More updates to come. Not only will be have a second core update in July, but Google is also expected to roll out the page experience update in mid-June. We do not expect the page experience update to have a large impact on search rankings but we can expect there to be confusion with the page experience update and the core updates, in terms of what is to blame or credit for Google Search ranking changes.
Previous updates. The most recent previous core update was the December 2020 core update ands the December update was very big, bigger than the May 2020 core update, and that update was also big and broad and took a couple of weeks to fully roll out. Before that was the January 2020 core update, we had some analysis on that update over here. The one prior to that was the September 2019 core update. That update felt weaker to many SEOs and webmasters, as many said it didn’t have as big of an impact as previous core updates. Google also released an update in November, but that one was specific to local rankings. You can read more about past Google updates over here.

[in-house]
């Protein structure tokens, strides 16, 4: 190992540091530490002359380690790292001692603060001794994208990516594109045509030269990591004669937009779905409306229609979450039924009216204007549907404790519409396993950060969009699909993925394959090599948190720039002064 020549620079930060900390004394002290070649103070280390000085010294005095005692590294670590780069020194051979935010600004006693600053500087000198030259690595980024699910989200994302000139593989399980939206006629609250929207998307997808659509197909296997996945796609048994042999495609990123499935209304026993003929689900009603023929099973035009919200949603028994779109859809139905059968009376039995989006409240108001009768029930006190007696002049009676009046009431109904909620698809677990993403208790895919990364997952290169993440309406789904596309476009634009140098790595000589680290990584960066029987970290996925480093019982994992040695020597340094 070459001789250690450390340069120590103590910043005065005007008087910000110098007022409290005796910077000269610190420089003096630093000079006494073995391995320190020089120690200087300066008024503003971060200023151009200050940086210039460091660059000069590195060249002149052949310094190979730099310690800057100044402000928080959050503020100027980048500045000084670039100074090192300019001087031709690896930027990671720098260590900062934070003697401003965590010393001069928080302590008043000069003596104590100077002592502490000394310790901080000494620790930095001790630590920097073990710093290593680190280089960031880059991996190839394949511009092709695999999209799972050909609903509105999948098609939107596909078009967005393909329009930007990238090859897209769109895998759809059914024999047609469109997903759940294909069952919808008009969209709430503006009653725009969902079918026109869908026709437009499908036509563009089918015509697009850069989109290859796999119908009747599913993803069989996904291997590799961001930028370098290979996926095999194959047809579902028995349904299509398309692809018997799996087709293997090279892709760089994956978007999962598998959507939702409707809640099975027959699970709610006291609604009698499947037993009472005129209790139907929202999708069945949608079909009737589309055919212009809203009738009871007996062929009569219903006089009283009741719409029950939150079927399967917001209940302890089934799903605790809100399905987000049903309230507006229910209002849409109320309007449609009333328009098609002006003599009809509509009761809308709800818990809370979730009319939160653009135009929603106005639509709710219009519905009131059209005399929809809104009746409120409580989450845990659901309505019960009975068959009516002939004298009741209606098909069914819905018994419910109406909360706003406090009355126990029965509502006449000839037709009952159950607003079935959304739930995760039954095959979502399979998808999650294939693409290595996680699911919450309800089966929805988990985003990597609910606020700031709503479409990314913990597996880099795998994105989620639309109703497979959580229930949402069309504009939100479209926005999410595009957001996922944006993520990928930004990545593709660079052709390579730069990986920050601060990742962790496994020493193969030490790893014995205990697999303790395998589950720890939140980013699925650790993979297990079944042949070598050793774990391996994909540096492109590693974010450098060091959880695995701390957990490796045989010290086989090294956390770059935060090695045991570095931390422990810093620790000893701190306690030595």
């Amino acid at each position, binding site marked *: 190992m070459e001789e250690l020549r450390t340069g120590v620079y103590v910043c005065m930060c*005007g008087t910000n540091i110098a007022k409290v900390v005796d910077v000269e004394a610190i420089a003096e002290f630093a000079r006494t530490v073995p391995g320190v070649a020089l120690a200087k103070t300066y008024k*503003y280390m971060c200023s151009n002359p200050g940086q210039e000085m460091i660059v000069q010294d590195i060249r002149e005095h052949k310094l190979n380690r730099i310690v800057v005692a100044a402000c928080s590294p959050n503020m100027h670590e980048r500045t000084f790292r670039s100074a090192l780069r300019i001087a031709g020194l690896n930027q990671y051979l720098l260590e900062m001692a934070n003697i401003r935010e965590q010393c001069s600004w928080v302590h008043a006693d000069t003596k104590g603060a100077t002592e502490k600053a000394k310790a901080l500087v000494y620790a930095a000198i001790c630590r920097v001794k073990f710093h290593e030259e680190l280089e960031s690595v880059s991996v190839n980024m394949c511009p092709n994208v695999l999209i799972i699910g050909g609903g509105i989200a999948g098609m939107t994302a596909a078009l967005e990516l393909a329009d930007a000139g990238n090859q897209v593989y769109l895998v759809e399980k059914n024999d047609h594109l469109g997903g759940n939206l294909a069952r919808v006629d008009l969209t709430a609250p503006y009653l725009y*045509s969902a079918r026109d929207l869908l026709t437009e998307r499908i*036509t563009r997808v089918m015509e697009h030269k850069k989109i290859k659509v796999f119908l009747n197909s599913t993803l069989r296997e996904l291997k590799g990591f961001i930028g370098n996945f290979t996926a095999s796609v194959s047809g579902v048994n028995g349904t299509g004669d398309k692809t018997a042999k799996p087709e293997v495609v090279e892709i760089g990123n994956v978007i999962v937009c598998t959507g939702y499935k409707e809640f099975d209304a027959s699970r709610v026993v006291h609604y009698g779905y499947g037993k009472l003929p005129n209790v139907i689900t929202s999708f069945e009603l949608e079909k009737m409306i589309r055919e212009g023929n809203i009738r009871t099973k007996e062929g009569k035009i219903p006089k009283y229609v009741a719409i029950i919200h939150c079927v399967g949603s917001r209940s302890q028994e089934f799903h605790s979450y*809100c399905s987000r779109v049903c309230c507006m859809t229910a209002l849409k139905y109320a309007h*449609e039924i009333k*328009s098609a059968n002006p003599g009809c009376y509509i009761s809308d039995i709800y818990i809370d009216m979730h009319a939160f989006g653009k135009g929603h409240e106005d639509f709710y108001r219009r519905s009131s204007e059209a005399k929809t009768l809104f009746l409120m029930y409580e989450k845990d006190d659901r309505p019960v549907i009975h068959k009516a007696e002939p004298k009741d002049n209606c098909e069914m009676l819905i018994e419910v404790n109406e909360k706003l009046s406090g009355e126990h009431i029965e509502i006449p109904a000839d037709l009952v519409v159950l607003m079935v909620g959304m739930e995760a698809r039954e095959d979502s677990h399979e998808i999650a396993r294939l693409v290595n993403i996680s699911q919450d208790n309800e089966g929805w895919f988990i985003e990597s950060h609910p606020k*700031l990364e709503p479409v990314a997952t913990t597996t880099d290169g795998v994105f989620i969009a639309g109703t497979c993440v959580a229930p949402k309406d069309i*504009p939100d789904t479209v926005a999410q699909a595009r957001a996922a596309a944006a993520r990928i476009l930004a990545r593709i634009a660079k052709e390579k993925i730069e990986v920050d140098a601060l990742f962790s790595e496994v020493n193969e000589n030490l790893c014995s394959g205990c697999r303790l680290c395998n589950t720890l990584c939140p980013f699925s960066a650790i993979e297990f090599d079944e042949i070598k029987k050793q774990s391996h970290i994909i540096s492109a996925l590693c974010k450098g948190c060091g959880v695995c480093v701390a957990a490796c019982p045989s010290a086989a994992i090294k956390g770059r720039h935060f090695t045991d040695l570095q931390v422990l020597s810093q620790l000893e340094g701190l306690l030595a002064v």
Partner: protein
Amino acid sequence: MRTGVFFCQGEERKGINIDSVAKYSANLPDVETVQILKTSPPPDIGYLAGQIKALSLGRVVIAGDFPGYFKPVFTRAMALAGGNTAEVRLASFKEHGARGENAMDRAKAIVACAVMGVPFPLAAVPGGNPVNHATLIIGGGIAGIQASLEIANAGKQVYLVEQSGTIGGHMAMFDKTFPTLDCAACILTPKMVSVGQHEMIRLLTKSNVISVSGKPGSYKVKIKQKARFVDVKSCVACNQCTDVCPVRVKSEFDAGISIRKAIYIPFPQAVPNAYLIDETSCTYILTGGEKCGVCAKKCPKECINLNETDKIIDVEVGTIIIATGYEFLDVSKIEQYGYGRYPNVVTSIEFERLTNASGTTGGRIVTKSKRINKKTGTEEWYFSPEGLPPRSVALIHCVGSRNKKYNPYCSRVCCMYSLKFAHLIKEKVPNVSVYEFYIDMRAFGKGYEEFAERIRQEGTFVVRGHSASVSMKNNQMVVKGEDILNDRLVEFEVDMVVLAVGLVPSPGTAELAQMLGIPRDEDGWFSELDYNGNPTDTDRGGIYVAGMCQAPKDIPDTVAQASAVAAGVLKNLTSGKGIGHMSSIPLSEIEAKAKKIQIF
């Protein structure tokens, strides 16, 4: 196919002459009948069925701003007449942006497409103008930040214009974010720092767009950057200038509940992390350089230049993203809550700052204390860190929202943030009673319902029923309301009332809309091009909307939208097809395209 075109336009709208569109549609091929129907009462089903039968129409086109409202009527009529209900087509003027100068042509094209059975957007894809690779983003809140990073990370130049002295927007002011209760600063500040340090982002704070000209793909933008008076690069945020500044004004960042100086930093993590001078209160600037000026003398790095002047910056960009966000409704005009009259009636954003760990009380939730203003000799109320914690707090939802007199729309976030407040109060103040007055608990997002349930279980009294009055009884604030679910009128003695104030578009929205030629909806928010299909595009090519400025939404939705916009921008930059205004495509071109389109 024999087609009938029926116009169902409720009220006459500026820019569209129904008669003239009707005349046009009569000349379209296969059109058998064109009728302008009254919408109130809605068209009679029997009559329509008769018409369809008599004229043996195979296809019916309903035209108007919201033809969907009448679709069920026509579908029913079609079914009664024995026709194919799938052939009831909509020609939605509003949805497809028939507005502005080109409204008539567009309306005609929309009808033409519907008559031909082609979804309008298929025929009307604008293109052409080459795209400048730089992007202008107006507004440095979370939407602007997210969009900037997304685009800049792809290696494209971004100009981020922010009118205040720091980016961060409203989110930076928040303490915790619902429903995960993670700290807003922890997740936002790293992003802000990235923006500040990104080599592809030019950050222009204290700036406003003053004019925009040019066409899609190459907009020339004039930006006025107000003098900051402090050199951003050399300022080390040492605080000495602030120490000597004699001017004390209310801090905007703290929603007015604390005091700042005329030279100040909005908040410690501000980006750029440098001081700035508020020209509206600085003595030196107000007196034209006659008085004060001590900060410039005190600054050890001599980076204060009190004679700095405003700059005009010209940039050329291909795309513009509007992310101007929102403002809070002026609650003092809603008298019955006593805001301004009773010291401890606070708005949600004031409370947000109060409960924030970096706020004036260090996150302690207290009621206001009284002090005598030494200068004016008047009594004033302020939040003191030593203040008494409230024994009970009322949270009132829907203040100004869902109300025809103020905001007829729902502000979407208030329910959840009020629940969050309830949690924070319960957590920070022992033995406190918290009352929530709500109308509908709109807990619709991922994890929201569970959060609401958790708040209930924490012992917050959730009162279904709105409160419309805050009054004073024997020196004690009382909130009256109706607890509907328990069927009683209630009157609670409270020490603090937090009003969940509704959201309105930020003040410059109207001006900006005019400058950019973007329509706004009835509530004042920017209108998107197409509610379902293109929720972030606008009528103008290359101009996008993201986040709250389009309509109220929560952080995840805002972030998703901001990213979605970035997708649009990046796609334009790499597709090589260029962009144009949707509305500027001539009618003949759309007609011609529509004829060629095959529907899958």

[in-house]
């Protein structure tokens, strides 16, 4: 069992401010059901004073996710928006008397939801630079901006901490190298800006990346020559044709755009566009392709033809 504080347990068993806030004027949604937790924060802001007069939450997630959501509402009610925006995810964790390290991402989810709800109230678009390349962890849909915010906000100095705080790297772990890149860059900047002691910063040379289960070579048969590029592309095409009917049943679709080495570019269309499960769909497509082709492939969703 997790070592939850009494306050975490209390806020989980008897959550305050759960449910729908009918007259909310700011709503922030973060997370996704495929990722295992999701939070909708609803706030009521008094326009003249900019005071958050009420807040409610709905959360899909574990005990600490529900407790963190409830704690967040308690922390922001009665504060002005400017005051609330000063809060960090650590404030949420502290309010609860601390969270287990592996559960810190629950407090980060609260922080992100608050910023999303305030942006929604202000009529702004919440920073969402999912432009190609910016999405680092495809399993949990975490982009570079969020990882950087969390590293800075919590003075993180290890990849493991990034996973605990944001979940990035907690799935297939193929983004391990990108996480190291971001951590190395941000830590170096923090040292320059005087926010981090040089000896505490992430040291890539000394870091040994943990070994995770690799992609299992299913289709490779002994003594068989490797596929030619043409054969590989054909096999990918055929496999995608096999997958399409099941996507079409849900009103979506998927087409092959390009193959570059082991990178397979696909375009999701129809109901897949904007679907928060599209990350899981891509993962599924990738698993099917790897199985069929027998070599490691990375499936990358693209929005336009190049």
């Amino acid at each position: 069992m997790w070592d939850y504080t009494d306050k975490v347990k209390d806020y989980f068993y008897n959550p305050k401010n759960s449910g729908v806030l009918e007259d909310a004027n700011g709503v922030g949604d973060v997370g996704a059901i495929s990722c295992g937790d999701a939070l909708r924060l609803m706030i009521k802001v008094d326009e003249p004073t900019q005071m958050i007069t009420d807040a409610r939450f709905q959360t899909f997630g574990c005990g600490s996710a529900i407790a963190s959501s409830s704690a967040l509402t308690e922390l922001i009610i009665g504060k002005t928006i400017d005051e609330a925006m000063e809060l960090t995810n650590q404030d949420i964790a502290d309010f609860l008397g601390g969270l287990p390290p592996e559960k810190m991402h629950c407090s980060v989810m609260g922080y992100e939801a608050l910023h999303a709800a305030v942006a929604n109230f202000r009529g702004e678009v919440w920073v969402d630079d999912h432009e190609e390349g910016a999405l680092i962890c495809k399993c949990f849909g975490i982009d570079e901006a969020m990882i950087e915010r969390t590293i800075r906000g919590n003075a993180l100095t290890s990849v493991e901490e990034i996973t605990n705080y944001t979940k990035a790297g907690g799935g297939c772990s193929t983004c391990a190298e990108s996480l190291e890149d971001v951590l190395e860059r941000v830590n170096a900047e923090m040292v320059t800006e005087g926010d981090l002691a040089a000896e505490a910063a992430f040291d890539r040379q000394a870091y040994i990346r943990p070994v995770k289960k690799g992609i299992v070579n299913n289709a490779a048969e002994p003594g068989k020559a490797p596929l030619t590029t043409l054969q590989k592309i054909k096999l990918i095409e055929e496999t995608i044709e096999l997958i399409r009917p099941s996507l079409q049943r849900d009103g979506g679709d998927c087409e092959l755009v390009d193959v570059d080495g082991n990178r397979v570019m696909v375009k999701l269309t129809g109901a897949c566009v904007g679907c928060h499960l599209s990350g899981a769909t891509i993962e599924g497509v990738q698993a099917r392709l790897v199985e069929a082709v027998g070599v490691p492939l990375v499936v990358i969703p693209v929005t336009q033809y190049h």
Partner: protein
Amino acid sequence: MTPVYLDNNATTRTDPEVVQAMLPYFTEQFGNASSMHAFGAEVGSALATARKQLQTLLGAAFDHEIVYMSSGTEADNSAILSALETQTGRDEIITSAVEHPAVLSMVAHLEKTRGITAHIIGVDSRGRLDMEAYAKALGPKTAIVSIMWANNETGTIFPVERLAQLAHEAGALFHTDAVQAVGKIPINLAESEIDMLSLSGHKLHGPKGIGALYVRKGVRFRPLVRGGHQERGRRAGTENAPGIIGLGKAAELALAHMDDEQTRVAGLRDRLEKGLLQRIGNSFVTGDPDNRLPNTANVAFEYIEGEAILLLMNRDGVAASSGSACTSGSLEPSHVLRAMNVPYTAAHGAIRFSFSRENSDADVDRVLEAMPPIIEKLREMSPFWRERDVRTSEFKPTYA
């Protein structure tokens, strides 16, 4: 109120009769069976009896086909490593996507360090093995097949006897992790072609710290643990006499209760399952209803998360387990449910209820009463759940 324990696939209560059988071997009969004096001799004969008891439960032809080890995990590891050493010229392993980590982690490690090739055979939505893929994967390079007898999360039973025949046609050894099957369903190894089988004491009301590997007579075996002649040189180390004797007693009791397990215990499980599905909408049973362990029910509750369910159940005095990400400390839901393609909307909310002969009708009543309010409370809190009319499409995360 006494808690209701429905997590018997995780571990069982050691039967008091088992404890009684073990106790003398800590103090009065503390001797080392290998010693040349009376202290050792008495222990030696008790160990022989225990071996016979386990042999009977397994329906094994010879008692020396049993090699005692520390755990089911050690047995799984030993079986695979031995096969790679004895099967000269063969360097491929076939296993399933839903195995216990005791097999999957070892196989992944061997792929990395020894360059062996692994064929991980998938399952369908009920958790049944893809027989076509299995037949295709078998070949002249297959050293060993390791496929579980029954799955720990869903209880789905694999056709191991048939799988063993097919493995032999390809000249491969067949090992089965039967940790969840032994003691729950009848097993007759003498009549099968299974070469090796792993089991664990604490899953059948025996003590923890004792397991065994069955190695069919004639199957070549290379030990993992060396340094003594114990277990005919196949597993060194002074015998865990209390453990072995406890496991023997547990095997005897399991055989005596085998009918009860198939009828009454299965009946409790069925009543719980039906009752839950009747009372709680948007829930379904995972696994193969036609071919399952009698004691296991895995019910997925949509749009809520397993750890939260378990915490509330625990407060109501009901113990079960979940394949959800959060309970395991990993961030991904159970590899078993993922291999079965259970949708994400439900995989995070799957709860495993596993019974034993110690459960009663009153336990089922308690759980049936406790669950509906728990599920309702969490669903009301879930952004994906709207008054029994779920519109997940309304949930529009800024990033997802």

Data providers on the June 2021 core update:
SEMRush. Yulia Ibragimova, Olga Andrienko and the Semrush team prepared a lot of data for us on this update. Semrush said that this update was mostly felt on Friday, June 4th and Saturday June 5th. Both desktop and search results saw changes similar to each other, in terms of volatility. The top five categories that felt the most change were health, autos, pets and animals, science, and travel. The Semrush sensor tracking tool is showing a score of 9.3 on Friday June 4th and 9.1 on Saturday June 5th, when you look at the date range from June 4th through June 6th, the score would be around 8.4. Compare that to the December 2020 core update that showed almost all of its volatility on one day, December 4th at a 9.4 level. Keep in mind, Semrush was one of the first tools to pick up on these changes, when most were not noticing yet – I suspect a data center population situation.
Here is the SEMRush volatility by category:
Semrush also shared the winners and losers of this update. The winners were loc8nearme.com, foursquare.com moovitapp.com, budsinessyab.com, alamy.com, craft.co, manta.com, surecutsalot.com, brandilaw.com, and news9.com. The losers were fresno-airport.com, okc-airport.com, quora.com, anthem.com, livescore.cz, niche.com, lagrange.edu, loginask.com, and tripadvisor.com.